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James Mckeever v. Township of Washington

January 7, 2011

JAMES MCKEEVER, PLAINTIFF,
v.
TOWNSHIP OF WASHINGTON, MAYOR AND COUNCIL OF THE TOWNSHIP OF WASHINGTON, AND MATTHEW LYONS, DEFENDANTS.



The opinion of the court was delivered by: Kugler, United States District Judge:

NOT FOR PUBLICATION (Doc. Nos. 16, 17, 18)

OPINION

This matter comes before the Court upon the motion for summary judgment by Defendants Township of Washington (the "Township"), Mayor and Council of the Township of Washington, and Matthew Lyons (Doc. Nos. 16, 17) pursuant to Federal Rule of Civil Procedure 56, and the cross-motion for summary judgment filed by Plaintiff James McKeever (Doc. No. 18). On March 16, 2009, Plaintiff brought claims against all Defendants under 42 U.S.C. § 1983. Plaintiff alleged that Defendants engaged in unlawful political discrimination, political retaliation, and violation of the Petition Clause. In addition, Plaintiff alleged that Defendants violated Article One of the New Jersey Constitution. For the following reasons, Defendants' motion is GRANTED, and Plaintiff's cross-motion is DENIED.

I. BACKGROUND

James McKeever is a registered Democrat and a resident of the State of New Jersey. McKeever resides in the Township of Washington, Gloucester County, New Jersey. In June 1989, the mayor of the Township, Mr. Gerald J. Luongo, appointed McKeever to the position of Director of Public Works. McKeever held the position until the 2000 mayoral election, when Mayor Luongo was defeated by the challenger, Randee Davidson. Upon assuming office, Mayor Davidson decided not to reappoint McKeever to the position of Director of Public Works.*fn1

In response, McKeever filed a lawsuit against the Township, alleging, inter alia, political discrimination and violation of the New Jersey Tenure Statute, N.J. Stat. Ann. § 40A:9-154.6 ("NJTS"). McKeever v. Twp. of Washington, et al., 236 F. Supp. 2d 400, 403 (D.N.J. 2002). During the litigation, both parties moved for summary judgment. On August 7, 2002, Judge Rodriguez denied the Township's motion, and granted in part and denied in part McKeever's cross-motion. Id. On April 9, 2003, the parties entered into a settlement agreement (the "Settlement Agreement"). Paragraph 2 of the Settlement Agreement provides:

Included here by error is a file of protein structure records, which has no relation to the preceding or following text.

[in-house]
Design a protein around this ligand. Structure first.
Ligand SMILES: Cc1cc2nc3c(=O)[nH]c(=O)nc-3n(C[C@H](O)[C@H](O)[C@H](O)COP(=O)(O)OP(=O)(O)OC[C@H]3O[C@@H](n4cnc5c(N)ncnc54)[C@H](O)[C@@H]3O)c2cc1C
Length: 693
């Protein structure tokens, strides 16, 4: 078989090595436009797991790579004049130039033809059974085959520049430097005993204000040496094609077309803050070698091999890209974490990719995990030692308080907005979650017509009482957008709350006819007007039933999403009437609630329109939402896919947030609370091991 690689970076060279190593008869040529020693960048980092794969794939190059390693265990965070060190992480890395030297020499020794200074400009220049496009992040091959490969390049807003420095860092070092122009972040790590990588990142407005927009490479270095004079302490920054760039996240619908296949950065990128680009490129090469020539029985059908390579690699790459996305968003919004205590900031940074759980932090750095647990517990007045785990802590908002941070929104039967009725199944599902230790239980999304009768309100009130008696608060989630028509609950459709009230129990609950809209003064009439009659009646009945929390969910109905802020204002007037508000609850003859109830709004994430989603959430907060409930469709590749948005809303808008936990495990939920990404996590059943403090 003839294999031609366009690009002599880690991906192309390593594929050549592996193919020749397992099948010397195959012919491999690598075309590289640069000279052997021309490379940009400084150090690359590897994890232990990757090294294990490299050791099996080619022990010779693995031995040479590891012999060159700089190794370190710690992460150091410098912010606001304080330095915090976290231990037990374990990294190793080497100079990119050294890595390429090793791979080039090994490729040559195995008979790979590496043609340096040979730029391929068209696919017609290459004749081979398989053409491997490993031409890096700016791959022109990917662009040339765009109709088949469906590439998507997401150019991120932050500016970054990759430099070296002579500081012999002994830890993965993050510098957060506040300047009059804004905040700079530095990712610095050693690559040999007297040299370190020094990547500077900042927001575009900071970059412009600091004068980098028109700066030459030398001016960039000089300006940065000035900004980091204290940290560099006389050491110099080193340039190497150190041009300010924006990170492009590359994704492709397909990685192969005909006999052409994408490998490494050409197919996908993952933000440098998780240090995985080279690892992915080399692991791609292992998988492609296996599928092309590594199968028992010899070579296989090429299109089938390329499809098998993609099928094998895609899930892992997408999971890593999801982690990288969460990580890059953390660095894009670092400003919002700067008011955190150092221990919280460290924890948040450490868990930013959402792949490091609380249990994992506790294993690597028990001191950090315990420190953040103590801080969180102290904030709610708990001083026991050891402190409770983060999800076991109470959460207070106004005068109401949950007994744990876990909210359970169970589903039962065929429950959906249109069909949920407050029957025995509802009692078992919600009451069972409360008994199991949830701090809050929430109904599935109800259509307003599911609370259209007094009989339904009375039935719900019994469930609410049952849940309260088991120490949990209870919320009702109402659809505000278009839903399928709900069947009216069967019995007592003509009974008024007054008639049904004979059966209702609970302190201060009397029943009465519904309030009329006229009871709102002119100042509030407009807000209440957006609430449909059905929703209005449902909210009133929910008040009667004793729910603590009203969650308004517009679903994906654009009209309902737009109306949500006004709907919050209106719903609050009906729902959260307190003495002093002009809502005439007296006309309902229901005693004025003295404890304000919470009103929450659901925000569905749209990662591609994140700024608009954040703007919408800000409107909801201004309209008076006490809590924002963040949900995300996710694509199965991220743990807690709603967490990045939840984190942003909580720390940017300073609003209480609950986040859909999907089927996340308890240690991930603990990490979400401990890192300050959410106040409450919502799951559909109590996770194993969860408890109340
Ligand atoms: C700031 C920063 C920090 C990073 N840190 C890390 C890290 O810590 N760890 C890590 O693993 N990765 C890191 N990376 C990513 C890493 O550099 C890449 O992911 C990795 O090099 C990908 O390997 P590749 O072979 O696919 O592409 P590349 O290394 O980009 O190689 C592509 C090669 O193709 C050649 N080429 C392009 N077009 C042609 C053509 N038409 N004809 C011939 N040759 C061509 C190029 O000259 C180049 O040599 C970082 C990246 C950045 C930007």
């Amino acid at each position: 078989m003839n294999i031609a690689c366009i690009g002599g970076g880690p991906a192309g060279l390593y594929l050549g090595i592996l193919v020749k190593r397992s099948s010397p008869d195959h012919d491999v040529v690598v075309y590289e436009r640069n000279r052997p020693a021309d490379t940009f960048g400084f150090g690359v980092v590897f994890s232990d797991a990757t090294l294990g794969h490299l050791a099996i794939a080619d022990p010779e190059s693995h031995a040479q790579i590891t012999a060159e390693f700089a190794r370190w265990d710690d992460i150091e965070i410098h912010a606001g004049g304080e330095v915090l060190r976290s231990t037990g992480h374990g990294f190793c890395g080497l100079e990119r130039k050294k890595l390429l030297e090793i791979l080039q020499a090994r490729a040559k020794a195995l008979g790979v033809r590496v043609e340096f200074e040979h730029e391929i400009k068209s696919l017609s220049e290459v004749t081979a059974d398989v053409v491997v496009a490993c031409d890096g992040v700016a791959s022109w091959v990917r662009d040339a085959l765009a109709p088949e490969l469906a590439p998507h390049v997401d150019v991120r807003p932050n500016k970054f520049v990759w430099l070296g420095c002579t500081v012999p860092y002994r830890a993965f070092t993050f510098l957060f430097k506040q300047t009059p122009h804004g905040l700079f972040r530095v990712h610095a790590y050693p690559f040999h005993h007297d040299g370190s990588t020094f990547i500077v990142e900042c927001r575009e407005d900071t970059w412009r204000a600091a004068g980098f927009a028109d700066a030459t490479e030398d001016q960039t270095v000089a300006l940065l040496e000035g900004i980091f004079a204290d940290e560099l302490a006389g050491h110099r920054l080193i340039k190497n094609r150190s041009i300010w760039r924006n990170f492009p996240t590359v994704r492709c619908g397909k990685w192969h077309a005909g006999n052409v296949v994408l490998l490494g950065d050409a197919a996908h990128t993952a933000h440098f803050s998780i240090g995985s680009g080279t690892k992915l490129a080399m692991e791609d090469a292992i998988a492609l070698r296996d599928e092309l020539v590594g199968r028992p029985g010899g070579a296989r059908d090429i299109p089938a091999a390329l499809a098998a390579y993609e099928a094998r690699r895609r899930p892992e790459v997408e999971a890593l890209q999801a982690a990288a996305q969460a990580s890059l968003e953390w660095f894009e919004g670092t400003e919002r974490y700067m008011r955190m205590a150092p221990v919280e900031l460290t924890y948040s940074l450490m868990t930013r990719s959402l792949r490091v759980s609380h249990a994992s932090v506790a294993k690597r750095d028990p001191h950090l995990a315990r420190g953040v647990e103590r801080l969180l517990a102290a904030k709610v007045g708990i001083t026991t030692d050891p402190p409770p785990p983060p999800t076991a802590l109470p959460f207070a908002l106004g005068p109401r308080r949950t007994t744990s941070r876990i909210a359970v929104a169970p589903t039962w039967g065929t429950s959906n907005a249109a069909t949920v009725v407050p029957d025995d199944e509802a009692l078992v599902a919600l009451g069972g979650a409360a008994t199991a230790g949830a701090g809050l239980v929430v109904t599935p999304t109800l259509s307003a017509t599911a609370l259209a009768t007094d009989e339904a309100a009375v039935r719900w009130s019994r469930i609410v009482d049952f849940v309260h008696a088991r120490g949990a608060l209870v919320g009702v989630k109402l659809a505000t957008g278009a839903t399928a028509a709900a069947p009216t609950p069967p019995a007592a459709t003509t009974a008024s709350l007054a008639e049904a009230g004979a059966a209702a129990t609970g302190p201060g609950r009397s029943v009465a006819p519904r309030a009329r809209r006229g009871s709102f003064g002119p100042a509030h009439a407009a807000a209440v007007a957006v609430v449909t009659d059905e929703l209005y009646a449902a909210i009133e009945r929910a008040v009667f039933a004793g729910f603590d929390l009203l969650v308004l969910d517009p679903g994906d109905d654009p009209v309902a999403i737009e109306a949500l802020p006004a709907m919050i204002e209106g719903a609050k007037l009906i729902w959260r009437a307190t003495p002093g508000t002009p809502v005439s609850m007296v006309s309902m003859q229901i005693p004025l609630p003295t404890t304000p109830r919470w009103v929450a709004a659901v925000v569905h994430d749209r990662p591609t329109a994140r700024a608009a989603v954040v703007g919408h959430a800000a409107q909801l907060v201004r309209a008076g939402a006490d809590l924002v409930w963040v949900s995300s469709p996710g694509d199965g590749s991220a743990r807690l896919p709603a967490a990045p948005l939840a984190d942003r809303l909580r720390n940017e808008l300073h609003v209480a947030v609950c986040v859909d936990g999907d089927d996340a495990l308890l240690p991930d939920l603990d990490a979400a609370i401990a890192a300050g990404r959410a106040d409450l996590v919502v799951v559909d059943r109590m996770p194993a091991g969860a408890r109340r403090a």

McKeever also releases forever the Township, its officers, directors, employees, agents, predecessors, successors and assigns . . . from all actions, suits, claims and demands in law or equity, that he ever had, now has, or hereafter may have, resulting from anything which has happened up until now, including but not limited to, any matter, cause or claims relating in any way to his employment relationship, or the alleged termination of his employment relationship with Township, including but not limited to, any matter, cause or claims arising under the New Jersey Law Against Discrimination; Title VII of the Civil Rights Act of 1964; the Civil Rights Act of 1866; the Civil Rights Act of 1991; the Age Discrimination in Employment Act of 1967; the Federal Equal Pay Act; the New Jersey Wage Payment Law; the United States Constitution; the New Jersey State Constitution; the Employee Retirement Income Security Act; the Federal Americans with Disabilities Act; the Conscientious Employee Protection Act; the Federal False Claims Act; the Family and Medical Leave Act; the New Jersey Family Leave Act; Executive Orders 11246 and 11141; and any other federal, state or local law or ordinance and any common law claims under tort, contract, or any other theories now or hereafter recognized, and including but not limited to all claims that were asserted or that could have been asserted in the litigation filed by McKeever against the Defendants in the United States District Court for the District of New Jersey and captioned as Civil Action No. 01-cv-00712 . . . . The release recited in this paragraph shall include any and all claims which McKeever may have for any type of damages cognizable under any of the law referenced herein, including, but not limited to, any and all claims for compensatory damages, punitive damages, and/or attorney's fees. (Settlement Agreement ¶ 2). Paragraph 18 of the Settlement Agreement provides: